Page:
Oolong Tea 乌龙茶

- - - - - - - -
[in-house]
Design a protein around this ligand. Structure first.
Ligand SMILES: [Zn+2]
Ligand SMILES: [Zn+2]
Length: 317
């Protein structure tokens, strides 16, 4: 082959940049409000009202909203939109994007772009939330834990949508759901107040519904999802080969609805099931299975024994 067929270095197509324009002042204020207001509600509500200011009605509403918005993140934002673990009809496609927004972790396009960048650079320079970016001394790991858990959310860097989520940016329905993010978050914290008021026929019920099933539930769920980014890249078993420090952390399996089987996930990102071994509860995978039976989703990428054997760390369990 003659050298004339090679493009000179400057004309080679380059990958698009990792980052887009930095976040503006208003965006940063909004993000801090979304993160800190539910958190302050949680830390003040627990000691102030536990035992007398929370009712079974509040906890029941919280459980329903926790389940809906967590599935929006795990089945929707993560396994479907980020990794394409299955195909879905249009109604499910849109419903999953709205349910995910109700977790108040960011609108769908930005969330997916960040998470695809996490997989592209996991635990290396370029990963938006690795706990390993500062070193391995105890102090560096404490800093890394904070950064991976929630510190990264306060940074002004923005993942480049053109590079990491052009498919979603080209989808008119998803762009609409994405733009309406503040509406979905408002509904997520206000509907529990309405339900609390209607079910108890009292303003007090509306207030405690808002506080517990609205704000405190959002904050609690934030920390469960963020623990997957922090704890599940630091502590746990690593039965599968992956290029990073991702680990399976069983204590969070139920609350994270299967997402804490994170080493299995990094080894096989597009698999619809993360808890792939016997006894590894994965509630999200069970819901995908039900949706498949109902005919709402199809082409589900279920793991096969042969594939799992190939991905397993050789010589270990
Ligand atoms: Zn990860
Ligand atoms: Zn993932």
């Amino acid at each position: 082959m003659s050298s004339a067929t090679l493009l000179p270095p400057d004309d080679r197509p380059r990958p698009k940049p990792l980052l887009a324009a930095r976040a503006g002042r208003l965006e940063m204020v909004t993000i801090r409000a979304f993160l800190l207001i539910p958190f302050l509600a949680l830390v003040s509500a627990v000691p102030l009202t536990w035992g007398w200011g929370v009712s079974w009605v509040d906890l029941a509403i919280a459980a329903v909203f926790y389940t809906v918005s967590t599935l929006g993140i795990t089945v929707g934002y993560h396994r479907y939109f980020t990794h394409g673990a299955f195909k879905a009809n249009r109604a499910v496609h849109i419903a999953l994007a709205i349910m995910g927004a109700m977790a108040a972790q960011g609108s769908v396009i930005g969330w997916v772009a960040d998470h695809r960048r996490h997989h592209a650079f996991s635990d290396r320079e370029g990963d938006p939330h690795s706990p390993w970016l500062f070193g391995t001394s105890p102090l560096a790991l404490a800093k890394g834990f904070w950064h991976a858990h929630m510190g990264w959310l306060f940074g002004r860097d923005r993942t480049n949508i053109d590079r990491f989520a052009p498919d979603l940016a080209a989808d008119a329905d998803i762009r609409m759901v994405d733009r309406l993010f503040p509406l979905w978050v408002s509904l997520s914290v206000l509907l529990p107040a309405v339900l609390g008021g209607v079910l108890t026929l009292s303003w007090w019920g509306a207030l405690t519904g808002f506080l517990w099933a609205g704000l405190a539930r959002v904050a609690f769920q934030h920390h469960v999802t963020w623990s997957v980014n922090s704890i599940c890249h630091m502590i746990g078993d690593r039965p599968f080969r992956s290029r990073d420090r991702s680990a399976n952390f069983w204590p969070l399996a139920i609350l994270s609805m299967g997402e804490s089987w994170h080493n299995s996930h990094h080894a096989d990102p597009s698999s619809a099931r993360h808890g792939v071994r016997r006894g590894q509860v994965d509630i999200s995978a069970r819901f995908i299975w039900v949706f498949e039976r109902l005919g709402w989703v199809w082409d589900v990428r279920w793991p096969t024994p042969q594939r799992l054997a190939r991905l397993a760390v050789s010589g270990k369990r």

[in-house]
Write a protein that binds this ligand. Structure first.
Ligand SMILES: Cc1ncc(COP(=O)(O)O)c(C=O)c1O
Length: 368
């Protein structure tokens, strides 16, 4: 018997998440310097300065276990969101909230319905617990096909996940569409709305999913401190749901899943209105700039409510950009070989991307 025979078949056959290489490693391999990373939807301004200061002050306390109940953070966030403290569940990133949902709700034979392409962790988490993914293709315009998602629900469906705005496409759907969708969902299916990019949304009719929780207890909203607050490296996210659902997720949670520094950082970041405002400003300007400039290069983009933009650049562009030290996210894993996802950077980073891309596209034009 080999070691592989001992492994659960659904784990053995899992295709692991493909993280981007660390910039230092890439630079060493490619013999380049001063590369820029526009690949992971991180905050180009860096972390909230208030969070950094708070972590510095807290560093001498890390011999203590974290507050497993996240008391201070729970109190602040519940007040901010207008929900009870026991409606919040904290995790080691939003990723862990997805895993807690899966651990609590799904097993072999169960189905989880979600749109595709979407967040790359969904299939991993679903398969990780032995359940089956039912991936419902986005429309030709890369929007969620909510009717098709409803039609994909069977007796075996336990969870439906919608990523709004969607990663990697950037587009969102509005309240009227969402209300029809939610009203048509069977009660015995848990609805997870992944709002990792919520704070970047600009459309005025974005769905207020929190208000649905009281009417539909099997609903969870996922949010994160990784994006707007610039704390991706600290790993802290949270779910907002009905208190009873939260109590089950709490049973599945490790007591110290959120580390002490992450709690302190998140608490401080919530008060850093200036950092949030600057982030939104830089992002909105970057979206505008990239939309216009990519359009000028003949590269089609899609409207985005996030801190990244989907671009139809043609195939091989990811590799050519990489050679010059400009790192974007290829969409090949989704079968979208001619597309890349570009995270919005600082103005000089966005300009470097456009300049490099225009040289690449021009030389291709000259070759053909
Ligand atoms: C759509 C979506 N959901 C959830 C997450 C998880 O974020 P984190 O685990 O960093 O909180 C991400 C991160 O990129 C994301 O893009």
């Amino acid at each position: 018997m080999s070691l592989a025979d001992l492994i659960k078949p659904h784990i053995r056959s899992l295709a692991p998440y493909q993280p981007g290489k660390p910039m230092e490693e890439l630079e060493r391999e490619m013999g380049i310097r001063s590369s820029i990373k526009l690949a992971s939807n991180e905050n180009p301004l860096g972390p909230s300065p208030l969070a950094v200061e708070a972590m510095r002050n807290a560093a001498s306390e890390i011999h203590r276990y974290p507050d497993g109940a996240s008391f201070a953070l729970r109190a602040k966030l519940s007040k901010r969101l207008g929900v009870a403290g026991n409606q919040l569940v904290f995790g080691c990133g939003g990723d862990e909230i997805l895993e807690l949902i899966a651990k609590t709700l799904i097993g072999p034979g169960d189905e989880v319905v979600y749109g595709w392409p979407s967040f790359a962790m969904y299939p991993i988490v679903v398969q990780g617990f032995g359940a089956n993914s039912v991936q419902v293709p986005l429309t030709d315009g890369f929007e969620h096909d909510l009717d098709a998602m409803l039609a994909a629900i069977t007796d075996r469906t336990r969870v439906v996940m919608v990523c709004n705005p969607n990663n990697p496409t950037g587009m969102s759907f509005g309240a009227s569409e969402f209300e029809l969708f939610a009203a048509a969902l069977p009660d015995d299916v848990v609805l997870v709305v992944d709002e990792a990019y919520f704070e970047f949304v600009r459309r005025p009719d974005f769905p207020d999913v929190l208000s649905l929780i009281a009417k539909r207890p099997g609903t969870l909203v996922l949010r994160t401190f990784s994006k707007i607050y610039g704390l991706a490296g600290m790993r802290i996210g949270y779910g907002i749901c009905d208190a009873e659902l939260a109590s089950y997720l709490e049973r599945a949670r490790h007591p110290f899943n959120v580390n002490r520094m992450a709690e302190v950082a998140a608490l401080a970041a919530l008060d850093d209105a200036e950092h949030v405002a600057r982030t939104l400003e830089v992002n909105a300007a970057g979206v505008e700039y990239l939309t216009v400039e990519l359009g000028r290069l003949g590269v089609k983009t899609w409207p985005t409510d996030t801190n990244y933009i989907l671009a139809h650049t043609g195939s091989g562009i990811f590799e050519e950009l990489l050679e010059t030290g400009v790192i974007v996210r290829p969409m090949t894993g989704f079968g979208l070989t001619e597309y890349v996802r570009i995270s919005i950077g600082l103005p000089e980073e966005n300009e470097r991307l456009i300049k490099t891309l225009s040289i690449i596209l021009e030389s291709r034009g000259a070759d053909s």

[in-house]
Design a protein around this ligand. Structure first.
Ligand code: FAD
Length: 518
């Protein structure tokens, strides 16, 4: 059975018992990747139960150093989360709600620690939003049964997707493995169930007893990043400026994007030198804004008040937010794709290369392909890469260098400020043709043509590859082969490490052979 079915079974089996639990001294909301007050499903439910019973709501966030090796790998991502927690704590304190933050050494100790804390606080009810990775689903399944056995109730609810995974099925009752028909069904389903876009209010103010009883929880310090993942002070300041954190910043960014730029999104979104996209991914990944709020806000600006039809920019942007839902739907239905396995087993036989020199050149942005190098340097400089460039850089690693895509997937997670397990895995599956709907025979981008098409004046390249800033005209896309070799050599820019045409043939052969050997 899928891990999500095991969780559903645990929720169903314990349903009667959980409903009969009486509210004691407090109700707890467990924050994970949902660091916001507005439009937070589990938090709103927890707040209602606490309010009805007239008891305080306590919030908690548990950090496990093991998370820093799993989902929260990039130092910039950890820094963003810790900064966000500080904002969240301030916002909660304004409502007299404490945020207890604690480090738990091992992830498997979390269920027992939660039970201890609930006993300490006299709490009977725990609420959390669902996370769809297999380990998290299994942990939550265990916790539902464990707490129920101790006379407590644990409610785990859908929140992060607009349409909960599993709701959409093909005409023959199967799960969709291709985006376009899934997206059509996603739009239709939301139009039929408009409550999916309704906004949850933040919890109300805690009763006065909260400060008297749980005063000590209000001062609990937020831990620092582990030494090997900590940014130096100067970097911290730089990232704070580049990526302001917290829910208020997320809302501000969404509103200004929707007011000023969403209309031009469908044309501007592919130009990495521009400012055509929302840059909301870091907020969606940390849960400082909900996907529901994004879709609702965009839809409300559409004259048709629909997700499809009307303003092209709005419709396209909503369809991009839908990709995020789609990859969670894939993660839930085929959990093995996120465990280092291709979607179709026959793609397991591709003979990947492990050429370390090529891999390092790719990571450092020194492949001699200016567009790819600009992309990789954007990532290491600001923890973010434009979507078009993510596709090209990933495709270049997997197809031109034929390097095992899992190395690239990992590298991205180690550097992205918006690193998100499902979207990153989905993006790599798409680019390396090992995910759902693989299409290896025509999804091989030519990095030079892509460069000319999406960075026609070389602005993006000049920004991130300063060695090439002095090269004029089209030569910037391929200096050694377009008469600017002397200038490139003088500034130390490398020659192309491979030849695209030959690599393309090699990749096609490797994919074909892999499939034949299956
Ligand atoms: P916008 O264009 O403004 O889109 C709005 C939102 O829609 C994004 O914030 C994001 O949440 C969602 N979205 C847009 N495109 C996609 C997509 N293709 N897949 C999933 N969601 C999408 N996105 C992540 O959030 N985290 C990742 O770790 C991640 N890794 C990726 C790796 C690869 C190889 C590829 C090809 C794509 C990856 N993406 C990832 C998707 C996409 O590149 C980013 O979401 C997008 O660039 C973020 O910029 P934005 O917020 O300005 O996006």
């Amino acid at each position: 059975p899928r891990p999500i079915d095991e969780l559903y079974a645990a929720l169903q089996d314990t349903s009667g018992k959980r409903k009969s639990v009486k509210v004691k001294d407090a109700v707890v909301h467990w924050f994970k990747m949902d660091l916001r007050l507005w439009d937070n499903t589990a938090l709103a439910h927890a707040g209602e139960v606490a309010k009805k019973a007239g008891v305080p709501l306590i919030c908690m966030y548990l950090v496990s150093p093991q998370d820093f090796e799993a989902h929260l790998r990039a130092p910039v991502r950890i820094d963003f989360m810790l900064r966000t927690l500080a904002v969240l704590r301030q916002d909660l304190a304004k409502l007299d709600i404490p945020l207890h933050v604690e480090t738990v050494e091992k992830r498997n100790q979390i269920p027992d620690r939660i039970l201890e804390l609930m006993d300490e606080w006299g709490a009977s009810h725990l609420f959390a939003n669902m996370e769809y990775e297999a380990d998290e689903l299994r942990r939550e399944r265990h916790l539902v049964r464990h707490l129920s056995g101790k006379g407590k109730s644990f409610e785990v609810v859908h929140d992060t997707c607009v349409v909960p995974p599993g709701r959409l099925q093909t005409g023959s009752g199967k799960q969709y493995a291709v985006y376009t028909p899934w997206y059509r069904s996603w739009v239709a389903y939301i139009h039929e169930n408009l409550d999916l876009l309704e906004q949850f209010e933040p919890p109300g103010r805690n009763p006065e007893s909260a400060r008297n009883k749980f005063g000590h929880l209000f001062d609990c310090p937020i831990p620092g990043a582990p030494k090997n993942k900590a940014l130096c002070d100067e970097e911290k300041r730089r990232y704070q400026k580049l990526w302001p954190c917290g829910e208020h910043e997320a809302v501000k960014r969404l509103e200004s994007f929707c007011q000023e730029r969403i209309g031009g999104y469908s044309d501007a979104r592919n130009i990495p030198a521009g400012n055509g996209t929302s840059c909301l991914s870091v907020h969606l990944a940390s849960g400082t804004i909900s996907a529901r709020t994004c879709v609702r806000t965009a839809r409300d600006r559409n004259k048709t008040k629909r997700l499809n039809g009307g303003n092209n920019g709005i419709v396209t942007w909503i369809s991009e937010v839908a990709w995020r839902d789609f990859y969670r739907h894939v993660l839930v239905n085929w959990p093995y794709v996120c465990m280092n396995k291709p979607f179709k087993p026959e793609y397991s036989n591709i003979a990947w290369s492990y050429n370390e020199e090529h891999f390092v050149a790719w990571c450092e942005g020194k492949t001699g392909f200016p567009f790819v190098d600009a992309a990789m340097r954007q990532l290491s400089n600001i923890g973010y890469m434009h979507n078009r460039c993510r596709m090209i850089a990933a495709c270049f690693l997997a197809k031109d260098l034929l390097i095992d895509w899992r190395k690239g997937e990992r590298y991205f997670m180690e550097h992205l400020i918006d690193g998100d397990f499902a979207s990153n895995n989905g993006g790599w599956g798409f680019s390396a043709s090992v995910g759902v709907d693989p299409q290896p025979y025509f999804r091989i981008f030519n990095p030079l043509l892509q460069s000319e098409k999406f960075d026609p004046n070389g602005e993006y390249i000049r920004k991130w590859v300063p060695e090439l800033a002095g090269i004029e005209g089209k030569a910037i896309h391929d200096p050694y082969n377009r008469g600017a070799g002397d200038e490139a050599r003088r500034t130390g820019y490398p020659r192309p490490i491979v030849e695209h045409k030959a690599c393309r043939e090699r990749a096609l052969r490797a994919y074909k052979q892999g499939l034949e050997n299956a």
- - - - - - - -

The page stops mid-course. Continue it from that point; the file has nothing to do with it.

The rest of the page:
It is possible to find good examples of amateur-made white and green tea—not so with oolong. Its name meaning “black dragon,” great oolong is one of the vaunted productions of tea for which importers, competition judges, and tea lovers will spend a lifetime scouring for. The category itself is so broad that it is difficult to narrow into a concise terminology. If there is commonality, it is this: great oolongs are grown in special terroir (high mountain slopes, jagged ferruginous cliffs, serpentine and fertile river valleys) and require both a nonpareil understanding of agriculture, and, tea processing, to achieve a finished result of character: dynamic, clear and distinct flavors. Finished oolong can be undulated longwise “strip” leaves or compressed bud-set “ball” coils, and almost anything in between. No style challenges its supposed borders more than the black dragon: you will find leaf-like oolongs greener than green teas, and meticulously rolled pearls bruised soundly into black tea territory. From creamy and floral, to rose and honey, to toasted caramel and vanilla spice—oolong contains multitudes.